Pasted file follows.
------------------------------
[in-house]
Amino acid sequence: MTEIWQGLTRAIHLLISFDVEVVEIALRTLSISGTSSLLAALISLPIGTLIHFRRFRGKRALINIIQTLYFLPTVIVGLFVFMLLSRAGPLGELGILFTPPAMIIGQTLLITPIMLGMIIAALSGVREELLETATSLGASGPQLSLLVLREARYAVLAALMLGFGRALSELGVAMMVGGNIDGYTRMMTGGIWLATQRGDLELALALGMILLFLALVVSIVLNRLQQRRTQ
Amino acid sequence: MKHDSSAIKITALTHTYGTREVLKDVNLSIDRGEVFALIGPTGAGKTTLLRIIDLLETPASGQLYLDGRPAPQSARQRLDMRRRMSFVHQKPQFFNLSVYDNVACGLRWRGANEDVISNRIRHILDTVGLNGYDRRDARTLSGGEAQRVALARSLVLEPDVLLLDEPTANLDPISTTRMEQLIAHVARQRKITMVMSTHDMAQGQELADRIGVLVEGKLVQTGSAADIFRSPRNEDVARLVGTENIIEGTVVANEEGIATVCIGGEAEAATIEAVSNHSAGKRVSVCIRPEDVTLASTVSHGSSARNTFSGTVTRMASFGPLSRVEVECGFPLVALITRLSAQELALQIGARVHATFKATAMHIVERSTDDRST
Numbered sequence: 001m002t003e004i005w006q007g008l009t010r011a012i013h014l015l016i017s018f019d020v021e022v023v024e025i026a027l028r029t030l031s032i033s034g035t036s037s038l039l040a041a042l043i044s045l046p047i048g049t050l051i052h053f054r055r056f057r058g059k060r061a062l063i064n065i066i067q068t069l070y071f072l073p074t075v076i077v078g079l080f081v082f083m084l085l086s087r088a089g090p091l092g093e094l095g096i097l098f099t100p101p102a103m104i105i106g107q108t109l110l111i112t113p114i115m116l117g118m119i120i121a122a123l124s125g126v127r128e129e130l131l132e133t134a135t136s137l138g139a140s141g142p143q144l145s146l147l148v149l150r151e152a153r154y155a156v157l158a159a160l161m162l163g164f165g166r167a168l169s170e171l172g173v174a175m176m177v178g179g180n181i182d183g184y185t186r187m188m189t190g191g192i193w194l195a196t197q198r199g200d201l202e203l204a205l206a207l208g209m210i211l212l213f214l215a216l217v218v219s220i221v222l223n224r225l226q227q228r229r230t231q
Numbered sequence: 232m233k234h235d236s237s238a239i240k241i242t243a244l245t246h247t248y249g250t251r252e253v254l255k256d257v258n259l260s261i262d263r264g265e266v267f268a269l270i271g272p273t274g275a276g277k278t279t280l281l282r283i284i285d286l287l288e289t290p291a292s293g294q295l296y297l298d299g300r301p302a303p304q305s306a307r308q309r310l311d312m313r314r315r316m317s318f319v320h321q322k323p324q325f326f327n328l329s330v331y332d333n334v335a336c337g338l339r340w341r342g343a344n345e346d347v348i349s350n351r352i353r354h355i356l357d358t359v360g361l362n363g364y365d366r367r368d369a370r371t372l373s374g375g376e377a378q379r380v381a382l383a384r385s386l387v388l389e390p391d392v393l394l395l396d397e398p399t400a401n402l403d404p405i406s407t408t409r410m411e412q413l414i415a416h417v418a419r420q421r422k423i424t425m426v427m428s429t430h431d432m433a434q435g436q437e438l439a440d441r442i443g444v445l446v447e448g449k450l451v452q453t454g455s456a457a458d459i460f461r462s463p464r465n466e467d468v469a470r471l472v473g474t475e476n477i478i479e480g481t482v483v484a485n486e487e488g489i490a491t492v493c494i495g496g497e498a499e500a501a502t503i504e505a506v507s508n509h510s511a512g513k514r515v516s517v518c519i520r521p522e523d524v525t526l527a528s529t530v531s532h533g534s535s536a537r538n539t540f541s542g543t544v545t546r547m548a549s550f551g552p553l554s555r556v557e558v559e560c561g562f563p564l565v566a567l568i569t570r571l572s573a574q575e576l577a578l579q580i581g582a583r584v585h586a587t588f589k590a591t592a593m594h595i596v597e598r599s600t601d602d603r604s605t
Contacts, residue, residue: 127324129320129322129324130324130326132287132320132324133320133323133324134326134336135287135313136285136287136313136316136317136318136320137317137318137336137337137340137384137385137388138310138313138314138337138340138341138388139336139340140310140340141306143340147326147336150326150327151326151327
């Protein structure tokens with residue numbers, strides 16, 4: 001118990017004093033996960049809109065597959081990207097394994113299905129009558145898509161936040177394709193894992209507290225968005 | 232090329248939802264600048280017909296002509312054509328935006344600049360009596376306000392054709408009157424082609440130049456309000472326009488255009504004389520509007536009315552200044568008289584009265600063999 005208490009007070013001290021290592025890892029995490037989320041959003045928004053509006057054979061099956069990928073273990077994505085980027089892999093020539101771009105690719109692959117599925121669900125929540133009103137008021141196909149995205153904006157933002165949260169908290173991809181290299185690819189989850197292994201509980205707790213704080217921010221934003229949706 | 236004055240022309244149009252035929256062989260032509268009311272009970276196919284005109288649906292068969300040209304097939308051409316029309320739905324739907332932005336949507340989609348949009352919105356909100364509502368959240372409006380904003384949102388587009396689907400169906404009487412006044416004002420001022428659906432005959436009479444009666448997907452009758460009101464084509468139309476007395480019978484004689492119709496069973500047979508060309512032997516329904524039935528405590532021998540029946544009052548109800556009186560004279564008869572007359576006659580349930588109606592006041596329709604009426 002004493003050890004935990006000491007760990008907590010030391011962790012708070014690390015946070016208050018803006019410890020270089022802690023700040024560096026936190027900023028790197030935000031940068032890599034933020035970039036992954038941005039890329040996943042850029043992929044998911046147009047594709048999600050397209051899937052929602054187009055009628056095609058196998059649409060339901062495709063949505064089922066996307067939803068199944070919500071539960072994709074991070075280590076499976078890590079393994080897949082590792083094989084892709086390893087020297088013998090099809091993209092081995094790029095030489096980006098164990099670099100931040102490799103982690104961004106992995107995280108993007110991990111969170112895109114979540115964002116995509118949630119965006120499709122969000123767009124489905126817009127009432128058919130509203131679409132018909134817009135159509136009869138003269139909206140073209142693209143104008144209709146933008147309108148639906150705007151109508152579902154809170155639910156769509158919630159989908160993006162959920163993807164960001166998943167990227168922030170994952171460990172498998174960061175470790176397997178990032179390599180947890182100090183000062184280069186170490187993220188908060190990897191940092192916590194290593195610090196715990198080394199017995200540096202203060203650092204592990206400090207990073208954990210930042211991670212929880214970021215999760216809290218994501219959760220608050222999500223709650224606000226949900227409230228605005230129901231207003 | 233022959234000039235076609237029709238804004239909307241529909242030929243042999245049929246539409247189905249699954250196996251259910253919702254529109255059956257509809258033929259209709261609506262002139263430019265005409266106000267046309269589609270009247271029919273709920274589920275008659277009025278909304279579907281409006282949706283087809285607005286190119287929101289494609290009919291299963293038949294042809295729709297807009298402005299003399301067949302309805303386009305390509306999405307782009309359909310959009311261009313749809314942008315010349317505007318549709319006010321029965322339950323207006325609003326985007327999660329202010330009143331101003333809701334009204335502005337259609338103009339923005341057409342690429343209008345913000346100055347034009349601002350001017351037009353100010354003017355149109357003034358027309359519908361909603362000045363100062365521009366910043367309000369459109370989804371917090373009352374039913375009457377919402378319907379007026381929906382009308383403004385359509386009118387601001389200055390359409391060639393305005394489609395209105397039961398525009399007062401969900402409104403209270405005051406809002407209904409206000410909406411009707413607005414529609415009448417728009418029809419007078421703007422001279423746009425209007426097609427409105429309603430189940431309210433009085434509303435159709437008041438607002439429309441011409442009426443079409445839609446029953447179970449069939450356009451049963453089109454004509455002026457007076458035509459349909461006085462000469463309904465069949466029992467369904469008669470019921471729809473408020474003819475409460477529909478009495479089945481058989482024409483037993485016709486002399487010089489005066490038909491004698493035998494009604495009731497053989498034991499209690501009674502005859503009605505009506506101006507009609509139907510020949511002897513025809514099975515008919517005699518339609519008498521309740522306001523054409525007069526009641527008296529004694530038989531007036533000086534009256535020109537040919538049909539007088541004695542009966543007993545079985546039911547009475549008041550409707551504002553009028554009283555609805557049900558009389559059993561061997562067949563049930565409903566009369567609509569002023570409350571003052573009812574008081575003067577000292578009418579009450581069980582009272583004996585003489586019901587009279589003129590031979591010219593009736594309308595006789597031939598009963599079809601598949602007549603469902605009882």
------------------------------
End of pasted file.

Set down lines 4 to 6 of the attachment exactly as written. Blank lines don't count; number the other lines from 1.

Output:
Numbered sequence: 001m002t003e004i005w006q007g008l009t010r011a012i013h014l015l016i017s018f019d020v021e022v023v024e025i026a027l028r029t030l031s032i033s034g035t036s037s038l039l040a041a042l043i044s045l046p047i048g049t050l051i052h053f054r055r056f057r058g059k060r061a062l063i064n065i066i067q068t069l070y071f072l073p074t075v076i077v078g079l080f081v082f083m084l085l086s087r088a089g090p091l092g093e094l095g096i097l098f099t100p101p102a103m104i105i106g107q108t109l110l111i112t113p114i115m116l117g118m119i120i121a122a123l124s125g126v127r128e129e130l131l132e133t134a135t136s137l138g139a140s141g142p143q144l145s146l147l148v149l150r151e152a153r154y155a156v157l158a159a160l161m162l163g164f165g166r167a168l169s170e171l172g173v174a175m176m177v178g179g180n181i182d183g184y185t186r187m188m189t190g191g192i193w194l195a196t197q198r199g200d201l202e203l204a205l206a207l208g209m210i211l212l213f214l215a216l217v218v219s220i221v222l223n224r225l226q227q228r229r230t231q
Numbered sequence: 232m233k234h235d236s237s238a239i240k241i242t243a244l245t246h247t248y249g250t251r252e253v254l255k256d257v258n259l260s261i262d263r264g265e266v267f268a269l270i271g272p273t274g275a276g277k278t279t280l281l282r283i284i285d286l287l288e289t290p291a292s293g294q295l296y297l298d299g300r301p302a303p304q305s306a307r308q309r310l311d312m313r314r315r316m317s318f319v320h321q322k323p324q325f326f327n328l329s330v331y332d333n334v335a336c337g338l339r340w341r342g343a344n345e346d347v348i349s350n351r352i353r354h355i356l357d358t359v360g361l362n363g364y365d366r367r368d369a370r371t372l373s374g375g376e377a378q379r380v381a382l383a384r385s386l387v388l389e390p391d392v393l394l395l396d397e398p399t400a401n402l403d404p405i406s407t408t409r410m411e412q413l414i415a416h417v418a419r420q421r422k423i424t425m426v427m428s429t430h431d432m433a434q435g436q437e438l439a440d441r442i443g444v445l446v447e448g449k450l451v452q453t454g455s456a457a458d459i460f461r462s463p464r465n466e467d468v469a470r471l472v473g474t475e476n477i478i479e480g481t482v483v484a485n486e487e488g489i490a491t492v493c494i495g496g497e498a499e500a501a502t503i504e505a506v507s508n509h510s511a512g513k514r515v516s517v518c519i520r521p522e523d524v525t526l527a528s529t530v531s532h533g534s535s536a537r538n539t540f541s542g543t544v545t546r547m548a549s550f551g552p553l554s555r556v557e558v559e560c561g562f563p564l565v566a567l568i569t570r571l572s573a574q575e576l577a578l579q580i581g582a583r584v585h586a587t588f589k590a591t592a593m594h595i596v597e598r599s600t601d602d603r604s605t
Contacts, residue, residue: 127324129320129322129324130324130326132287132320132324133320133323133324134326134336135287135313136285136287136313136316136317136318136320137317137318137336137337137340137384137385137388138310138313138314138337138340138341138388139336139340140310140340141306143340147326147336150326150327151326151327